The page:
If we wish to know how Christian love should look, look to the Father, Son and Holy Spirit. If we desire to walk in the light with our brethren, we must first walk in the communion of Father, Son and Spirit (1 John 1:6,7). We can spend years, even decades, trying to ‘love’ our fellow believers just that bit more, striving to feel some kind of elusive ‘fellowship’ with other believers because we have been taught that is what it means to be a member of Christ’s Body. But we will fail, or settle for some carnal imitation of what we think fellowship should be, until we ourselves come into our own communion with each member of the Godhead, Father, Son, and Spirit. All fellowship between Christ followers must flow from that active, living source and actively include all three members of the Godhead. And guess what else? If another believer is not tuned into that same threefold source it is impossible to have true, spiritual fellowship with them.
What? Did I say there are believers we can’t fellowship with? Yes, absolutely. I didn’t say wecan’t love them; I didn’t say we can’t meet with them; I didn’t say we can’t socialize with them and I didn’t say we can’t care for and serve them. But we won’t be able to find authentic, flowing, living fellowship with anyone who is resisting the Spirit of God, because it is the Spirit who pours the love of God into us (Rom. 5:5) .To put it another way, the Spirit is the glue that holds the Body together and causes it to function in unity.
There are those who deceive themselves that they are fellowshipping with Father and Son but can get by without the fellowship of the Spirit. But the Spirit is not some kind of mindless magical force that turns up when God wants to accomplish something supernatural. The Holy Spirit is divine Personality, an equal partner in the three-fold Godhead, a vital and cherished member of the Community of Divine Love that is God (2 Cor. 3:17). It is one thing to be ignorant concerning the Holy Spirit because we have not been taught accurately. However, when we persistently and actively resist submitting to the Spirit and His desire for fellowship with us, we grieve Him. And when we grieve the Spirit, we grieve the Father and the Son. Pause and consider!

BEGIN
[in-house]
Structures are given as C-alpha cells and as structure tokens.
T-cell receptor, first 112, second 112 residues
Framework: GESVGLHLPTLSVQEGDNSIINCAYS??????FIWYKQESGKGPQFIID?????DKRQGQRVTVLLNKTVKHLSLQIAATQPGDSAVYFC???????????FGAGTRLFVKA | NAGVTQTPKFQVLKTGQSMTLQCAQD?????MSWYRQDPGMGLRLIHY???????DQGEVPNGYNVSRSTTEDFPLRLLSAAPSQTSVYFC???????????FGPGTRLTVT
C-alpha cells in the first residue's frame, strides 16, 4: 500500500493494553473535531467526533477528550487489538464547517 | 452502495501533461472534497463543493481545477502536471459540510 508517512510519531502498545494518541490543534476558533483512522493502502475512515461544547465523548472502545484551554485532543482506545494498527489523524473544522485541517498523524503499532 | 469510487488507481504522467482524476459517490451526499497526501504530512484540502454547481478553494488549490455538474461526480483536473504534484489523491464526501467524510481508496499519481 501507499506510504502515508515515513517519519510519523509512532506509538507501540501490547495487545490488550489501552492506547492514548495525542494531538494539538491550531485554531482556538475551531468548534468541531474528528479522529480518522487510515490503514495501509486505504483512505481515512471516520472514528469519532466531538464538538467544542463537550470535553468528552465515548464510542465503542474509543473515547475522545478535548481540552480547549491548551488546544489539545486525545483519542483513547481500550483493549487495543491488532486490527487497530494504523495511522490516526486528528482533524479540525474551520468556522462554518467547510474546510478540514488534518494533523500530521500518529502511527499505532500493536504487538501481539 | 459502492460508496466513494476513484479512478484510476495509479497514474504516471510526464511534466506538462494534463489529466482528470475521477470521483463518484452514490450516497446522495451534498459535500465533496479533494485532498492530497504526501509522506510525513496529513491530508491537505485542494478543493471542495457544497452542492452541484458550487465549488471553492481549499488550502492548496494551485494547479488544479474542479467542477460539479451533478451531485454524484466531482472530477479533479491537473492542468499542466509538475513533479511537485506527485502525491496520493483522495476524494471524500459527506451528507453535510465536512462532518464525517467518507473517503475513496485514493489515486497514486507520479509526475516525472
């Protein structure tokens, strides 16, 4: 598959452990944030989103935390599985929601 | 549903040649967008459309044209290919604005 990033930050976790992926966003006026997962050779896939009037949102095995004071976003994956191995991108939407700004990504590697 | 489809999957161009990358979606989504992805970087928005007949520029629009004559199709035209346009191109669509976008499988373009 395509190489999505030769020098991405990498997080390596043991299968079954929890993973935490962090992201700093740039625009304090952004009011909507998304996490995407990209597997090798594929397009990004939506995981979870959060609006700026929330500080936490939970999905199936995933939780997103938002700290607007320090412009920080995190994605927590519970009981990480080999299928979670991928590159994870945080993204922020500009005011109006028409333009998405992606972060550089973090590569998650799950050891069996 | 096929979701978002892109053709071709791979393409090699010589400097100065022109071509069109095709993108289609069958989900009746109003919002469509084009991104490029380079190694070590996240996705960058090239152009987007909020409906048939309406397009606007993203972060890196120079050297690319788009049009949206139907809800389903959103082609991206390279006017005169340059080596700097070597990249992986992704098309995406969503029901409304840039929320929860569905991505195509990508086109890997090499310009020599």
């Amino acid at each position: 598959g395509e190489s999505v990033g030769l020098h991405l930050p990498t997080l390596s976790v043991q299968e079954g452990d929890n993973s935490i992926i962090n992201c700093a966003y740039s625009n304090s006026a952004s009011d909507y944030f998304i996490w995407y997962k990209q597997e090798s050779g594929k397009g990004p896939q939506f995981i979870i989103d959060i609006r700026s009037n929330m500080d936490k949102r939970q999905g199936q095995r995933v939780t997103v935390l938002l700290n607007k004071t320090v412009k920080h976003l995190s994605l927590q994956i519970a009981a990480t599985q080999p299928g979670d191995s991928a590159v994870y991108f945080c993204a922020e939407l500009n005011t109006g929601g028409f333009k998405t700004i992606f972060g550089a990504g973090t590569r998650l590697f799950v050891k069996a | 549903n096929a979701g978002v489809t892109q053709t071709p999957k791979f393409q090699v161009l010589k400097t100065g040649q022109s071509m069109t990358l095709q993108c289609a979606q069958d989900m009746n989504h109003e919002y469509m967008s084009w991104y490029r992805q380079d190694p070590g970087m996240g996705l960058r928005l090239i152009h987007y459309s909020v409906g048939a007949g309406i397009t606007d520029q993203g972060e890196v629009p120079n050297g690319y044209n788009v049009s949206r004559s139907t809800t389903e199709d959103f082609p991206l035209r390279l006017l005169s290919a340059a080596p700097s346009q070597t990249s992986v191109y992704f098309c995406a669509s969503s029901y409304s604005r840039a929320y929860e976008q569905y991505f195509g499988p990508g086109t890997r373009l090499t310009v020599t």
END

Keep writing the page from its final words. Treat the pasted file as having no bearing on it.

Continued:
If we sincerely desire true fellowship with other Christ followers, it must be a fellowship in and of the Spirit. Anything less is counterfeit and falls short of who we are called to be in Christ. Christian fellowship has to be more than physically gathering together in a church, a house, a conference, or some other venue. It must above all be a gathering in the Spirit. Gathering together physically is not even always necessary for spiritual fellowship. But if there is no fellowship in the Spirit, there is no true fellowship at all.
True fellowship cannot be built on knowledge (even if it’s Biblical knowledge), tradition, like-mindedness, or convenience. It is built on the revelation of Christ in each one as it is imparted by the Spirit of God. Again, there is no deep and abiding communion between believers without the active participation and welcome sovereignty of the Holy Spirit.
It’s humbling to admit to ourselves we don’t really know how to do this ‘fellowship’ thing. It’s costly to admit that there’s got to be something more than that which we’ve so far known in our relationships with one another. It’s confronting to consider we may be grieving our Lord by resisting the Holy Spirit who willingly gives Himself to us as Christ’s most precious betrothal gift.
Some of us will choose not to grow up into all things in Christ, the Anointed One. Some of us will choose to cling to that remaining trace of carnality that pridefully tells us we don’t need to change, everything’s fine as it is. If we are satisfied with giving Christ our least, just making it to Heaven by the free gift of salvation, that attitude may work. If, on the other hand, we are of those who long for the unsearchable riches of Christ, including the depths of communion with Him and His Body, we will not settle for anything less.
The grace of the Lord Jesus Christ, and the love of God, and the fellowship of the Holy Spirit, be with you all.